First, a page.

While Ulysses does stay a mile and a half, the ev­i­dence of the form book sug­gests his op­ti­mum trip is a fur­long or two shorter of that dis­tance.

A more po­tent threat would surely be the St Leger win­ner Capri if he is al­lowed to take his chance by Ai­dan O’Brien who fa­mously sad­dled the first three in the Arc 12 months ago.

O’Brien is bound to as­sem­ble a strong raid­ing party again with High­land Reel, Or­der of St Ge­orge, Capri and, most in­trigu­ingly, Win­ter all in the mix.

O’Brien says: “The Arc is def­i­nitely some­thing we are think­ing about for Win­ter. It’s un­der strong con­sid­er­a­tion though the trip is some­thing of an un­known and you couldn’t be sure she would stay.”

Third in the Arc last year, Or­der of St Ge­orge was back to his im­pe­ri­ous best in the Ir­ish St Leger and could again play a big part at Chan­tilly.

Then there is the Ger­man raider Dschingis Se­cret who was so dom­i­nant in the Group 2 Prix Foy on tri­als day at Chan­tilly. Should he pro­duce the same form on Oc­to­ber 1 he would not be a for­lorn hope to fol­low in the hoof­beats of Star Ap­peal and Dane­dream.

With the home team sur­pris­ingly short of se­ri­ous players the more you ex­am­ine the en­tries for this year’s Arc the more you ap­pre­ci­ate that En­able is out

stand­ingly the best can­di­date. The only neg­a­tive that I can put for­ward is that she has been on the go all sea­son, racing at the high­est level which is cer­tainly not the ideal prepa­ra­tion.

Canny French train­ers tend to give their best Arc hopes a lengthy break in high sum­mer be­fore some­times bring­ing them back for a warm-up event on tri­als Sun­day.It is a time-hon­oured sys­tem that has paid rich div­i­dends down the years.

En­able, in con­trast, has run six times this year, start­ing with an eye-catch­ing third be­hind sta­ble mate Shut­ter Speed over an in­ad­e­quate tie at New­bury in April.Her sub­se­quent suc­cess at Ch­ester set her up per­fectly for four con­sec­u­tive Group 1 vic­to­ries, the lat­est com­ing in the York­shire Oaks at the end of Au­gust.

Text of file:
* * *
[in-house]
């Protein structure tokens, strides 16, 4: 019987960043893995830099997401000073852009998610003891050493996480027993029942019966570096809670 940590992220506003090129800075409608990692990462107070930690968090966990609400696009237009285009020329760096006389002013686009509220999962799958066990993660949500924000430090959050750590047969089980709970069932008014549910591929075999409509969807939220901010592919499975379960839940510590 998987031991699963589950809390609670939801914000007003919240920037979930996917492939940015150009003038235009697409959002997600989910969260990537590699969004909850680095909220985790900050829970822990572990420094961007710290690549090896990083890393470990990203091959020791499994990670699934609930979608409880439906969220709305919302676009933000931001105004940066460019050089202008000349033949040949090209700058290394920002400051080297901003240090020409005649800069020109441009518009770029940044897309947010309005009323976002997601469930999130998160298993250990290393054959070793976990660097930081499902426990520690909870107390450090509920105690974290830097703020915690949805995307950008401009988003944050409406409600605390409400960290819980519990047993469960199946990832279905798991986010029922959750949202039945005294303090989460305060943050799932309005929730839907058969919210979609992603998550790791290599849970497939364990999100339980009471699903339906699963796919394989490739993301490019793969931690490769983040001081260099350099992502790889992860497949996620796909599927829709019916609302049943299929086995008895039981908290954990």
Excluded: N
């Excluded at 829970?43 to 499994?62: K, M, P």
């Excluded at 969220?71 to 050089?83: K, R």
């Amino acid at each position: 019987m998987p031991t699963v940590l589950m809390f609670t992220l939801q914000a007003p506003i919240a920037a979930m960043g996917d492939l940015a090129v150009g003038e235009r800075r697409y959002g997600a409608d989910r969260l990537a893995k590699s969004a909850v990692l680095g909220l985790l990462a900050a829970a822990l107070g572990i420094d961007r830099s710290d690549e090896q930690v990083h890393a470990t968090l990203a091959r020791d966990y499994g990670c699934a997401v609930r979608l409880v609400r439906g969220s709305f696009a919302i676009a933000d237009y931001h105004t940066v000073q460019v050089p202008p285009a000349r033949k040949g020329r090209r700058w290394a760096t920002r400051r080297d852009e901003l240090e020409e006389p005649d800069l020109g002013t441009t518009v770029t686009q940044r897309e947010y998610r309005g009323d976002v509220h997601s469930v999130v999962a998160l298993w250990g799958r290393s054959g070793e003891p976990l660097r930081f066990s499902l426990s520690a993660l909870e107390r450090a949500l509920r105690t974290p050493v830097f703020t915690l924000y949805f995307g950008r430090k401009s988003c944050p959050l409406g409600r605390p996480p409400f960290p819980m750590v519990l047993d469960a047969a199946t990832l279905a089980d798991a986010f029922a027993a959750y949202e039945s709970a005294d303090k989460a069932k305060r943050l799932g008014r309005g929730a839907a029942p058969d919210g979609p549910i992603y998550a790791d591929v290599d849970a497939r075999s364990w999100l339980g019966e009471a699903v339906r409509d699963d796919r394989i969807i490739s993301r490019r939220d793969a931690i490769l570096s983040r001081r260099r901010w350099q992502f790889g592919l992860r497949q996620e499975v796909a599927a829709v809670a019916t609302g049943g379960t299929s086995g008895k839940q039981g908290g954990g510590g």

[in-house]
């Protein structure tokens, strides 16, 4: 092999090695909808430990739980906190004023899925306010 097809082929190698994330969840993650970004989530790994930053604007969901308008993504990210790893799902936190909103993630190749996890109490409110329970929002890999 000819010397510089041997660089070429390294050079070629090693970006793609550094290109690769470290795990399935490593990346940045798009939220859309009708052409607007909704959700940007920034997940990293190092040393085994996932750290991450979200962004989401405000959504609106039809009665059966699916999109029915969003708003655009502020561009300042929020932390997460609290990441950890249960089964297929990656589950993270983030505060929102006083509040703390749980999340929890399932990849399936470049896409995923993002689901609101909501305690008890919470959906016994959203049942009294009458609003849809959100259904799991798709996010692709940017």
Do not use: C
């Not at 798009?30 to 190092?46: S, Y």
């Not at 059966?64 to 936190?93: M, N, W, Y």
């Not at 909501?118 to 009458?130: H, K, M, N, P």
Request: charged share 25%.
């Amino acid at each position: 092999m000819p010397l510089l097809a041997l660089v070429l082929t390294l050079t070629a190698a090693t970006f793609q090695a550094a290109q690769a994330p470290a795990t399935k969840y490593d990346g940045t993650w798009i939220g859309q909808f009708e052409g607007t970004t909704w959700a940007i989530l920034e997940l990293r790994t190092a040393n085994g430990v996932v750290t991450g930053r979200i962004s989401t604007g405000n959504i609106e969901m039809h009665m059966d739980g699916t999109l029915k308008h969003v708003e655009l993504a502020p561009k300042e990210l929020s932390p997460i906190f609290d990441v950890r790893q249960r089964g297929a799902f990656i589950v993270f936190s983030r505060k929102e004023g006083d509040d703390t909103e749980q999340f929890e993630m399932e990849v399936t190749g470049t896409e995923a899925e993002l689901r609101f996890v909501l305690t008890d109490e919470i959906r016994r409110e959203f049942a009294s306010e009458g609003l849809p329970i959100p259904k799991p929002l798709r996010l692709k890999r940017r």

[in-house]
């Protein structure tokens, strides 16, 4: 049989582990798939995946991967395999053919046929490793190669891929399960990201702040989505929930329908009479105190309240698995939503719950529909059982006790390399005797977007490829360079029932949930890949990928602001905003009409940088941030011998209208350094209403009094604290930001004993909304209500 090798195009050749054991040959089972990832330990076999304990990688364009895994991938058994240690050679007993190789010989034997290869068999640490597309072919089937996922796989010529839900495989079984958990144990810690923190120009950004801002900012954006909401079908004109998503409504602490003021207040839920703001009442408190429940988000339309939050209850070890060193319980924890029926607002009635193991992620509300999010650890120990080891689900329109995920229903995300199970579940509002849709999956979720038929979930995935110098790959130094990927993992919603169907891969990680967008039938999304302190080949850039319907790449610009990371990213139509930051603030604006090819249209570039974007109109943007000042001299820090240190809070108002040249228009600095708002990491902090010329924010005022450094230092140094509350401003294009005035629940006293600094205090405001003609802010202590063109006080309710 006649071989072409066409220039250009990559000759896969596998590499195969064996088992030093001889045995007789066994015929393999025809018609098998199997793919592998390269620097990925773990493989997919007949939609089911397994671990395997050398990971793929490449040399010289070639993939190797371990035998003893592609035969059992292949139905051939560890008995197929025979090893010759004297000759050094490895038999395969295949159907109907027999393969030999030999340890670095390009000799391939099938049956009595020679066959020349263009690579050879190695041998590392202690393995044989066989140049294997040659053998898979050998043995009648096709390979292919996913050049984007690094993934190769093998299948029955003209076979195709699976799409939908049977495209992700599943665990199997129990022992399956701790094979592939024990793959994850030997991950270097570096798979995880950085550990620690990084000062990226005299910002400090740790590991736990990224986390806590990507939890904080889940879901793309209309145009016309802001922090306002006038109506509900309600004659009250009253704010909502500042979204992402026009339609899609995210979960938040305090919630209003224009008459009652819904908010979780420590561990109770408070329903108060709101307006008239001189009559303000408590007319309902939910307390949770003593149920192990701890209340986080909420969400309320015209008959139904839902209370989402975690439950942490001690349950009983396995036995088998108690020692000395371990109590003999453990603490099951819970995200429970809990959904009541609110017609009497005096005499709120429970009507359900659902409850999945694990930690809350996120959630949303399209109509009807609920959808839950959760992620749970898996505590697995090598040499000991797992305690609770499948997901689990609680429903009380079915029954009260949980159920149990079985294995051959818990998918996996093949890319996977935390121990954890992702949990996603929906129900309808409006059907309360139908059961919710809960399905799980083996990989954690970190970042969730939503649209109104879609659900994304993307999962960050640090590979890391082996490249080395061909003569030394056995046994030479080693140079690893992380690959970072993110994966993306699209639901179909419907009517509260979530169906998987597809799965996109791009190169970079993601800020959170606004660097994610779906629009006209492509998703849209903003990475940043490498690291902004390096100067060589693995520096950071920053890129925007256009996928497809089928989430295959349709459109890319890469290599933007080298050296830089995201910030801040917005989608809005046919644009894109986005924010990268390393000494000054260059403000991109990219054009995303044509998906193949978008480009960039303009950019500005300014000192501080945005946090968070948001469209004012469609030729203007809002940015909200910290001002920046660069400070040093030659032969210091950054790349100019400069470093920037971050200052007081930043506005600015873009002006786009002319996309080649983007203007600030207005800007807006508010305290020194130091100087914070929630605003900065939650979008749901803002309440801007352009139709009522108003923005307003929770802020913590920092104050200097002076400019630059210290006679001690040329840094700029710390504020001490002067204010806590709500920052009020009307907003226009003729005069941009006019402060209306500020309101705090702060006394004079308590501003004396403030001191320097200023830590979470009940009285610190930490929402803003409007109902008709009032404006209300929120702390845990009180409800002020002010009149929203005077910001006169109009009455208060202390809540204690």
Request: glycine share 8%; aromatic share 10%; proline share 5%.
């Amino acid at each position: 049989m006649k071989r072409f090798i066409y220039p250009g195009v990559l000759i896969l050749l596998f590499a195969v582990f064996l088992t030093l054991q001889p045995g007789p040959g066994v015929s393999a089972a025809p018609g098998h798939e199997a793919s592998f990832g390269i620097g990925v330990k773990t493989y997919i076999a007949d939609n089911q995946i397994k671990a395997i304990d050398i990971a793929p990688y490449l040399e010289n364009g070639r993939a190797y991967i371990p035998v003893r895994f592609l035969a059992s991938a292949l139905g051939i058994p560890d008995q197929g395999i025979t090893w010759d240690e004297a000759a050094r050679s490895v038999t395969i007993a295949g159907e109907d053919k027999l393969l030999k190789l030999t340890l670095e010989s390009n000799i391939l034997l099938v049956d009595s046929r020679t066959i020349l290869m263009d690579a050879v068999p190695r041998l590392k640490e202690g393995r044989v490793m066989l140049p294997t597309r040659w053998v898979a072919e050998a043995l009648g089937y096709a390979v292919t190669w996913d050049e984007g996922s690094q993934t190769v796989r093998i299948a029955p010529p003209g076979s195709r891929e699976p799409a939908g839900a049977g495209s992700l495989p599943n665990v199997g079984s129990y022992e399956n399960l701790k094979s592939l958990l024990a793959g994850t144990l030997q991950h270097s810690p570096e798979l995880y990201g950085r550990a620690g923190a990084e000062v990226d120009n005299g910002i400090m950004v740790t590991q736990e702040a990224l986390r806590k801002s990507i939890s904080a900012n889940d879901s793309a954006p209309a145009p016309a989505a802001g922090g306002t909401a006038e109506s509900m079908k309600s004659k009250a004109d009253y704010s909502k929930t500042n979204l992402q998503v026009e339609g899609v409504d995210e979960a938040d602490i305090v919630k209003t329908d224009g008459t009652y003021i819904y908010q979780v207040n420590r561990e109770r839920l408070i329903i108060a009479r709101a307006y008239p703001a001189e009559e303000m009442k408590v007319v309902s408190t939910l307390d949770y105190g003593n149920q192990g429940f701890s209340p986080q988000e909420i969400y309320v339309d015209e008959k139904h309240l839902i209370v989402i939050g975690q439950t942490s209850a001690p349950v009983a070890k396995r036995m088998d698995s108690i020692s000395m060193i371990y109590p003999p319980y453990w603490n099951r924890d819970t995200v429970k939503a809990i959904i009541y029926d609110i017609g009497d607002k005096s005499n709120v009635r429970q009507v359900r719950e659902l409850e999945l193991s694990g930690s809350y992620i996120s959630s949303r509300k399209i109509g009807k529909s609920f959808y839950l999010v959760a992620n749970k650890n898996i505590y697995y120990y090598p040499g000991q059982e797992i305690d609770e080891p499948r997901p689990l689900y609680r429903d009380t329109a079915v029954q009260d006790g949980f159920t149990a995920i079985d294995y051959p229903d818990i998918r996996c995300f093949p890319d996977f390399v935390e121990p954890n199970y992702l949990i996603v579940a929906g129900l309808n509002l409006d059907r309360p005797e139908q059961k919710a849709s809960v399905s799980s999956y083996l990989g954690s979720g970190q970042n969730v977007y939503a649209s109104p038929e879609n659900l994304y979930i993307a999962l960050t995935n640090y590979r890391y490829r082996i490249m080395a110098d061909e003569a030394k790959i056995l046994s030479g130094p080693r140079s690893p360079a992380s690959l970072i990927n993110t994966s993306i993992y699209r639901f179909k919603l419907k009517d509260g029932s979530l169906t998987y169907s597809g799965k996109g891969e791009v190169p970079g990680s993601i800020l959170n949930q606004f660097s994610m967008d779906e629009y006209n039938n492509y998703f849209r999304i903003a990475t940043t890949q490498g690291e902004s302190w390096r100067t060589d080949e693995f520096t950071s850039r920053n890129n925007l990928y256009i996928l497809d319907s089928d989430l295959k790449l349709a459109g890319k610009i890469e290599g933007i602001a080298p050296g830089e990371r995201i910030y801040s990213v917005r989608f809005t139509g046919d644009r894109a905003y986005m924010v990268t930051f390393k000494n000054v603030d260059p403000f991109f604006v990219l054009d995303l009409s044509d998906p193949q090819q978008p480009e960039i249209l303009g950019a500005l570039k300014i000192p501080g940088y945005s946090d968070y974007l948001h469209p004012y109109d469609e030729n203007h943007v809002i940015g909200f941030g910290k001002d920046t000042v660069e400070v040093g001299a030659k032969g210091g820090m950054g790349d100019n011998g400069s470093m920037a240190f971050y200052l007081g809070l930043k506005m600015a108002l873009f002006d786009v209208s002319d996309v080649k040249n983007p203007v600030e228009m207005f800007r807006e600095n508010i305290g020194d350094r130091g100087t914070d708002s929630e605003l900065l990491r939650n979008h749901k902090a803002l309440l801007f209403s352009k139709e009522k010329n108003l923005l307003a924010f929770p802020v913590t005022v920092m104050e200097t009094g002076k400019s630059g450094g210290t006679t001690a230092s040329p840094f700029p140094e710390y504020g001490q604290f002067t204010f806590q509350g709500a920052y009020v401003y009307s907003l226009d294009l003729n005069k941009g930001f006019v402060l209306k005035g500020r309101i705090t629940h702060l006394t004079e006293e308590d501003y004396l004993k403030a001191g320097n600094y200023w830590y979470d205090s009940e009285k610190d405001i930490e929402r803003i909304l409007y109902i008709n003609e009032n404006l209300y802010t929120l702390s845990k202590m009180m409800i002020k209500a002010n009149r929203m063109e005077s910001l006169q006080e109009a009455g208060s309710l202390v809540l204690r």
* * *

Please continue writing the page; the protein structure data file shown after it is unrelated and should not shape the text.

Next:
She has won on all types of ground, clearly loves her racing and is firmly es­tab­lished as one of the best mid­dle dis­tance mares of modern times.

While you can­not fault her class or her at­ti­tude you have to won­der if such a hec­tic cam­paign might have left its mark as au­tumn leaves start to fall in Paris. Nor do out­stand­ing Bri­tish-trained fil­lies have a good record in the Arc.

But the pos­i­tives most def­i­nitely out­weigh the neg­a­tives and let’s not for­get that in July Frankie Det­tori de­fied pain and hunger to main­tain his part­ner­ship with En­able. He rushed back pre­ma­turely from a frac­tured shoul­der to make his date with des­tiny on her in the Ir­ish Oaks and then en­dured a week’s diet of wa­ter and fish to do the cor­rect weight of 8 st 7 lbs in the King Ge­orge.

He re­calls: “When John rang to say she was go­ing to run at As­cot I was happy be­cause it was £1m race but I also knew I had to lose 7 lbs in a hurry.

“I did it in six days, paced my­self, and stuck to a strict diet of wa­ter and fish which was a bit bor­ing but I wasn’t go­ing to let any­one else ride her.

“En­able is a su­per­star and she de­stroyed them in the King Ge­orge.She is un­com­pli­cated, easy for me to ride, has a good mind, all the things you want.

“If you try to keep up with her she will break your lungs and she is more com­pet­i­tive when some­thing comes to her.

“I would pre­fer to have a lead in the Arc but she is sen­si­ble enough to make the run­ning if we need to. We’ve got that weapon in our ar­moury.”

Gos­den com­mented at the time: “Frankie killed him­self to make the weight. His hunger and pas­sion for the game are undimmed and I find that re­mark­able.”

He is in no doubt that En­able is the best filly he has trained. “She is won­der­ful. To fol­low the likes of Dahlia and Pawneese in the King Ge­orge says so much. She ex­ploded early in the straight at As­cot and can han­dle any ground.

“I think it is the style of her win­ning that makes her great. It is quite ob­vi­ous she wants to race. She doesn’t wait for things to go her way, she takes it by the the horns.”

The pos­i­tive tac­tics em­ployed by Det­tori on En­able at York of­fered a timely glimpse of what might hap­pen at Chan­tilly.

Gos­den ex­plained: “If there is no pace in the Arc we wouldn’t be fright­ened of mak­ing all in the Arc. That was one thing I wanted, to let her use her stride to find that out.”

En­able has bright­ened our lives as she has danced ev­ery dance this sum­mer. The le­gions of Bri­tish vis­i­tors to Arc week­end will be hop­ing she can de­liver one more im­pe­ri­ous per­for­mance to set the blood racing.